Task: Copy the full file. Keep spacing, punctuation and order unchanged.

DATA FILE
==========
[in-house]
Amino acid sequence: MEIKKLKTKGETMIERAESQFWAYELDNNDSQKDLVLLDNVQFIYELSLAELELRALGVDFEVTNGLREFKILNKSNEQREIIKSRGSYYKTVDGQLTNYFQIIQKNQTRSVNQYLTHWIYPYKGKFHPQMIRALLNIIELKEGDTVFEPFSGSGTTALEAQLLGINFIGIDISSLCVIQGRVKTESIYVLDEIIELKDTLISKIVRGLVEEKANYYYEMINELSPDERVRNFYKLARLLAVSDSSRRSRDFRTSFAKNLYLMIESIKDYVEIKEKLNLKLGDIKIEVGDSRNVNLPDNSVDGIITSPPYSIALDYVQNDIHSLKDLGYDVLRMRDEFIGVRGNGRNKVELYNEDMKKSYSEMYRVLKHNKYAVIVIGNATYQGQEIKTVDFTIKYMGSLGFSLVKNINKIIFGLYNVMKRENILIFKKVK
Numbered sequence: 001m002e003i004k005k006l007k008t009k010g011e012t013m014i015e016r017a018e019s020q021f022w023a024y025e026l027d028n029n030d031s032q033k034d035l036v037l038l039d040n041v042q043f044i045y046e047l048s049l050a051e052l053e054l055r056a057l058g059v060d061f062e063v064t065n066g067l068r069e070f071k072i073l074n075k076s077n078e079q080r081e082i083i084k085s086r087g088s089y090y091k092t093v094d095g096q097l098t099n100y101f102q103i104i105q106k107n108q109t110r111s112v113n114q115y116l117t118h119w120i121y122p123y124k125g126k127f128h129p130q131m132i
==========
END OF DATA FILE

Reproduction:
[in-house]
Amino acid sequence: MEIKKLKTKGETMIERAESQFWAYELDNNDSQKDLVLLDNVQFIYELSLAELELRALGVDFEVTNGLREFKILNKSNEQREIIKSRGSYYKTVDGQLTNYFQIIQKNQTRSVNQYLTHWIYPYKGKFHPQMIRALLNIIELKEGDTVFEPFSGSGTTALEAQLLGINFIGIDISSLCVIQGRVKTESIYVLDEIIELKDTLISKIVRGLVEEKANYYYEMINELSPDERVRNFYKLARLLAVSDSSRRSRDFRTSFAKNLYLMIESIKDYVEIKEKLNLKLGDIKIEVGDSRNVNLPDNSVDGIITSPPYSIALDYVQNDIHSLKDLGYDVLRMRDEFIGVRGNGRNKVELYNEDMKKSYSEMYRVLKHNKYAVIVIGNATYQGQEIKTVDFTIKYMGSLGFSLVKNINKIIFGLYNVMKRENILIFKKVK
Numbered sequence: 001m002e003i004k005k006l007k008t009k010g011e012t013m014i015e016r017a018e019s020q021f022w023a024y025e026l027d028n029n030d031s032q033k034d035l036v037l038l039d040n041v042q043f044i045y046e047l048s049l050a051e052l053e054l055r056a057l058g059v060d061f062e063v064t065n066g067l068r069e070f071k072i073l074n075k076s077n078e079q080r081e082i083i084k085s086r087g088s089y090y091k092t093v094d095g096q097l098t099n100y101f102q103i104i105q106k107n108q109t110r111s112v113n114q115y116l117t118h119w120i121y122p123y124k125g126k127f128h129p130q131m132i